Laura Romaniello / art director

Lindsay Gibbons

Equinox Staff

The days have gotten shorter and the nights have gotten chillier. Every year, as the winter jackets start coming out, we also need to face another ugly truth of the winter: Cuffing season. Those two words can drive a stake through the heart of any hopeless romantic. while it can even make those who scoff at romance wince and cringe.

According to Urban Dictionary, cuffing season is defined as, “During the Fall and Winter months people who would normally rather be single or promiscuous find themselves alone with the rest of the world desiring to be ‘Cuffed’ or tied-down by a serious relationship. The cold weather and prolonged indoor activity causes singles to become lonely and desperate to be cuffed.”

Sometimes those who desire to be “cuffed” are called desperate or are laughed at by their friends. Otherwise, cuffing season is considered relatively harmless by most. But according to experts, it’s a very real thing. Although thoughts on the actual start date can vary, most people can agree that the season starts in early November and ends around mid-March. But why does everyone suddenly want to find a mate?

“We slow down in the fall,” says licensed psychologist Tristan Coopersmith. “Summer is a busy time. There’s a feeling of wanting to get all the fun and freedom in. So, by the time fall hits, we’re all pretty spent and just want to (Netflix and) chill. Serial dating takes too much effort we just don’t have post-summer.”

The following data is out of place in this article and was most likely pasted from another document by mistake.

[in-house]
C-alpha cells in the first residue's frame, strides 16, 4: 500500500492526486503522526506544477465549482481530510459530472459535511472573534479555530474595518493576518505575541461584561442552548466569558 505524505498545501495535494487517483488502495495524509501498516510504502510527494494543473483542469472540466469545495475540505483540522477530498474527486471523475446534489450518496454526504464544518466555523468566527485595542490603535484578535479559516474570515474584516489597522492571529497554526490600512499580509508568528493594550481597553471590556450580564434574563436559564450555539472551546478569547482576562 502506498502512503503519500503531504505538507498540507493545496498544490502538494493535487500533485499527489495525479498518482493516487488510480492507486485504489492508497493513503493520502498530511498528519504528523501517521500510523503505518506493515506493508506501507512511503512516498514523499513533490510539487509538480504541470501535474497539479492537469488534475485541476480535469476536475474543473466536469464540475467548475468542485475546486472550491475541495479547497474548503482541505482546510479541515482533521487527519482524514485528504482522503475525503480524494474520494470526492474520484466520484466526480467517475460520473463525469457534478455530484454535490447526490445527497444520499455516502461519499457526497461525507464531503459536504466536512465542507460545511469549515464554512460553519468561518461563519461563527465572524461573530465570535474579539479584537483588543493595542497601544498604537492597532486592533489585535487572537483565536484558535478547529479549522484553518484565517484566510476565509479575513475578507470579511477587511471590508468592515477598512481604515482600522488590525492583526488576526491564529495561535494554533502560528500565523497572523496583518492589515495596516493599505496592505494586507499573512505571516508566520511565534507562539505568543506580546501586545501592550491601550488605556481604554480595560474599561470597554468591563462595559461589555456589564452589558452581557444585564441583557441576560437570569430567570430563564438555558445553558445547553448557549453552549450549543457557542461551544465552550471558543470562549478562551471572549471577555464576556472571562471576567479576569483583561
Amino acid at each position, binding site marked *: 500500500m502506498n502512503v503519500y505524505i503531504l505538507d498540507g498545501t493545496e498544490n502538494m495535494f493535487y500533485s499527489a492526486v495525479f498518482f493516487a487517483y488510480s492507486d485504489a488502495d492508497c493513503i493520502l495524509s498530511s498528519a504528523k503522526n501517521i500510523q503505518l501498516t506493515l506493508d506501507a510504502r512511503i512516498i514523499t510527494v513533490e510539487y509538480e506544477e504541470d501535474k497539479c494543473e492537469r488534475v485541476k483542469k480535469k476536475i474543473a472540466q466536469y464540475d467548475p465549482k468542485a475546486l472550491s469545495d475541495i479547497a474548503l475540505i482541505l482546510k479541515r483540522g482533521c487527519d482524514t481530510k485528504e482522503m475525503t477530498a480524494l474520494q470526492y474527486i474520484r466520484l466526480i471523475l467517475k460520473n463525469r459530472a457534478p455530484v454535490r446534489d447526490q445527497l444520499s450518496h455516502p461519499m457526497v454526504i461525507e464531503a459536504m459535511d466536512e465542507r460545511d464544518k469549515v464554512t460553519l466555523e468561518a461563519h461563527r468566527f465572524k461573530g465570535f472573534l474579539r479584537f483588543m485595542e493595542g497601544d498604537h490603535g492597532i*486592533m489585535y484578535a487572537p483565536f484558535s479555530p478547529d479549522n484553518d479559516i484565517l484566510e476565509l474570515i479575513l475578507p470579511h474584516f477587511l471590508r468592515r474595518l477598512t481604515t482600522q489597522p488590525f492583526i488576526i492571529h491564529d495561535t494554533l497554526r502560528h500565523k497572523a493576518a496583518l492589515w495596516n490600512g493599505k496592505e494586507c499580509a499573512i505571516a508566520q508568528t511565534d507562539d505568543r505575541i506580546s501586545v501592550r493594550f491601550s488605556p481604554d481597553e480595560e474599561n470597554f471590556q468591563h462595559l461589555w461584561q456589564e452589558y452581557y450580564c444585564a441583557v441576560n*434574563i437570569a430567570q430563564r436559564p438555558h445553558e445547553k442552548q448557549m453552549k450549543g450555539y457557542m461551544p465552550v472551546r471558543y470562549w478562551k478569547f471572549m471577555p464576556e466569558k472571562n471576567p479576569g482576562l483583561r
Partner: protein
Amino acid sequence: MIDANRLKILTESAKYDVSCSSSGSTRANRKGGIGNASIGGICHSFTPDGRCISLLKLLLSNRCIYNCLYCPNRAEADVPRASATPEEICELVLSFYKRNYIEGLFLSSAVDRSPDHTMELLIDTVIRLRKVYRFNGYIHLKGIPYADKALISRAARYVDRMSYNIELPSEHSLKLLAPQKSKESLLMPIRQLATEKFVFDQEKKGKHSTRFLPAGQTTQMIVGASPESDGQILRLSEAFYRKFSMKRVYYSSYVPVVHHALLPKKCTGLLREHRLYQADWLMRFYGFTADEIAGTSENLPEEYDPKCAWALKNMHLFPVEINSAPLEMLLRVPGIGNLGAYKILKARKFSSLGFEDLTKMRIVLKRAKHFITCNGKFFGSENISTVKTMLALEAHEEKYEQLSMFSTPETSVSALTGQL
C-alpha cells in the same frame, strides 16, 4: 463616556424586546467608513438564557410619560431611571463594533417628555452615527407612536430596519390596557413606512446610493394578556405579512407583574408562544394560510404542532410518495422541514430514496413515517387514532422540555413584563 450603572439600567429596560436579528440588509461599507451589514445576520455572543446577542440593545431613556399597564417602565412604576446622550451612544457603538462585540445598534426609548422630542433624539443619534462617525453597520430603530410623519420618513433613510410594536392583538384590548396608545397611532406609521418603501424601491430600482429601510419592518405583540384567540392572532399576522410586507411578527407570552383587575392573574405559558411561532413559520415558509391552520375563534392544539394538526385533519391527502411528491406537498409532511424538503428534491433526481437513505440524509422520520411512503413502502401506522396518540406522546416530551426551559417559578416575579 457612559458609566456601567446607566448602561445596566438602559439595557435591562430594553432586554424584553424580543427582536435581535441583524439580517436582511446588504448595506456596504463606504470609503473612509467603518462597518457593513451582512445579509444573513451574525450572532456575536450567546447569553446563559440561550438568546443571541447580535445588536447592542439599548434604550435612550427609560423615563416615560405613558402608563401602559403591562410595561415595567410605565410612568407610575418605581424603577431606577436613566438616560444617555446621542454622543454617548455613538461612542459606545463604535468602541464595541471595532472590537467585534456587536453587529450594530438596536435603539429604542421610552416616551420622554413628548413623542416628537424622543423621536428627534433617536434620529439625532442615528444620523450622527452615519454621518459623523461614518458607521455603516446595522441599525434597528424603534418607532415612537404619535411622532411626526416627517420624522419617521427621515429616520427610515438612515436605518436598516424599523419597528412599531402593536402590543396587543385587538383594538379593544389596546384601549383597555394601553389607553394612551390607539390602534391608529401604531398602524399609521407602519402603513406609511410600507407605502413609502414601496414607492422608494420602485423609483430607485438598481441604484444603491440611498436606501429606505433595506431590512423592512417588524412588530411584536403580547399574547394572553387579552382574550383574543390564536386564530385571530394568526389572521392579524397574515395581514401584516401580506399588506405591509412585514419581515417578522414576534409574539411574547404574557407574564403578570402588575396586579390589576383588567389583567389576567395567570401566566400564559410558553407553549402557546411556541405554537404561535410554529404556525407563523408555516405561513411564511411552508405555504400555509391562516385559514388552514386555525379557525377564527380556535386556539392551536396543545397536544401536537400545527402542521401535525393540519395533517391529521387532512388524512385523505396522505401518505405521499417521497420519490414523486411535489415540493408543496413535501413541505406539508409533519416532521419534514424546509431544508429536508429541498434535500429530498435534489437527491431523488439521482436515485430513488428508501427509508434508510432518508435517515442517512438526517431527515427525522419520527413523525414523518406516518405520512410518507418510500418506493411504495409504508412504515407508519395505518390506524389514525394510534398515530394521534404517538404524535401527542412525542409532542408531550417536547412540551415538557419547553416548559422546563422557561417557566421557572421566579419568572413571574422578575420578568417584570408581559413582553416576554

There is statistical evidence data to back up the phenomenon of cuffing season, too. A 2015 Hinge research study showed that men were 15 percent more likely to look for a relationship in the winter months and females were 5 percent more likely. Research also shows that heterosexual males tend to be more attracted to females in the winter months than in the summer. Think of it as a supply and demand type of thing — or, the illusion of supply and demand. In the summer, more people are out. Therefore, the supply appears to be high. But when winter hits, there aren’t as many people out anymore. Then, the supply appears to be low.  “Since we’re wired to mate, our primal instincts come out and lead us to be more open or serious about relationships,” says Coopersmith.

Cuffing season can be a great thing for some people, but for others, it can feel like they’re forcing something they don’t want or aren’t ready for. There’s nothing wrong with looking for a person or choosing to remain single. But what is important is being in the right frame of mind while makingfor either choice.

Any time you want to date, you should always have an idea of what you want from the experience. It’s important to have a clear goal in mind so you can conduct yourself accordingly. Whether you’re looking for something casual or long-term, be upfront about it. This can prevent you from accidentally leading someone on.

These next few winter months can be draining, and for singles, can feel very lonely sometimes. And although cuffing season is upon us and it may be a solution for some, it may not be the best answer for everyone.

Lindsey Gibbons can be contacted


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